In Astrophel and Stella, the speaker/poet is Astrophel whose name means love of a star. "Phel" or "phil" as it is sometimes spelled is a suffix meaning "love." "Astro" comes from the Greek word "astron" which means "star." "Astra" is the Latin translation of "star." "Stella" means "star" so Astrophel is the "star lover" who is in love with Stella. This set of poems is loosely based on Sidney's own love for Penelope Devereux.
Like Penelope Devereux, Stella is married. Astrophel can only pine for her. Therefore, this is a story of unrequited love. The speaker is conflicted with thoughts of love and frustration that he can never fulfill his desires. Astrophel is never satisfied or certain that Stella loves him completely. There is the idea that he can only love her from afar, just as a person/lover can never grasp a star.
We see this conflict in Sonnet 62. Keep in mind that Love is personified as a Cupid figure or just as the emotional force of love personified. He calls his love "unkind" because Love compels him to love Stella but she does not feel the same:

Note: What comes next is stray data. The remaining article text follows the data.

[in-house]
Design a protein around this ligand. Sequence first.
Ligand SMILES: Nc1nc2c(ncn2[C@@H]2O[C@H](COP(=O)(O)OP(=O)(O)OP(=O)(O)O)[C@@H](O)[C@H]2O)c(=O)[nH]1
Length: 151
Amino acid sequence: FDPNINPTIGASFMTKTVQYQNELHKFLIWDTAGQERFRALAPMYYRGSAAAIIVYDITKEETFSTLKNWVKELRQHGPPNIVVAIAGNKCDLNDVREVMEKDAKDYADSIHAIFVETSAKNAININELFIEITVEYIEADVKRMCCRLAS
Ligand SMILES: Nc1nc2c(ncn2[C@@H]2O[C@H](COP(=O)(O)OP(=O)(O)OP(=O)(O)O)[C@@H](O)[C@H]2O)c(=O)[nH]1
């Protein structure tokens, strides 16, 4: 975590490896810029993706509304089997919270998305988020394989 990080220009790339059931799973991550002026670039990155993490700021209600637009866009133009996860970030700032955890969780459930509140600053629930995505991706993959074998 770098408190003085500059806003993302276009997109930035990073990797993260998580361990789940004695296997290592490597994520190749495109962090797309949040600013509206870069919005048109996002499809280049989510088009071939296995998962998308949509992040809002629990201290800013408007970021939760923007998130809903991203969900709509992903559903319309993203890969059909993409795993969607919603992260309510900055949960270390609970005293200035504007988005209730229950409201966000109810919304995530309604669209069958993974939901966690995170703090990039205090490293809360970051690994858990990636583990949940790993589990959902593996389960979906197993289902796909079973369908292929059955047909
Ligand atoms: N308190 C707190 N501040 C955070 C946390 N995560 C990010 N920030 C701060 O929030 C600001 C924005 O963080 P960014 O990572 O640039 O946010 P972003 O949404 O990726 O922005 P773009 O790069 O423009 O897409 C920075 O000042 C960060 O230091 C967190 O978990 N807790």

She in whose eyes Love, though unfelt, doth shine,
Sweet said that I in her true love should find.
Love said to Astrophel that he would find true love in Stella; he sees this in her eyes. But she, Stella, does not feel (unfelt) this connection. Astrophel can never become fully accepted and thus fully intoxicated with Stella because she is married. He considers the possibility that she might convince him to abandon his feelings for her, "these tempests of vain love to flee." Thus, he could at least be virtuous in not pursuing a married woman, respecting her honor. In a way, this would start to put an end to his suffering. By absolutely refusing his love, Stella would shun Astrophel and allow him to be virtuous. In Astrophel's rationalizing logic, she would be showing her love for him (allowing him to claim virtue in the absence of love) but not loving him.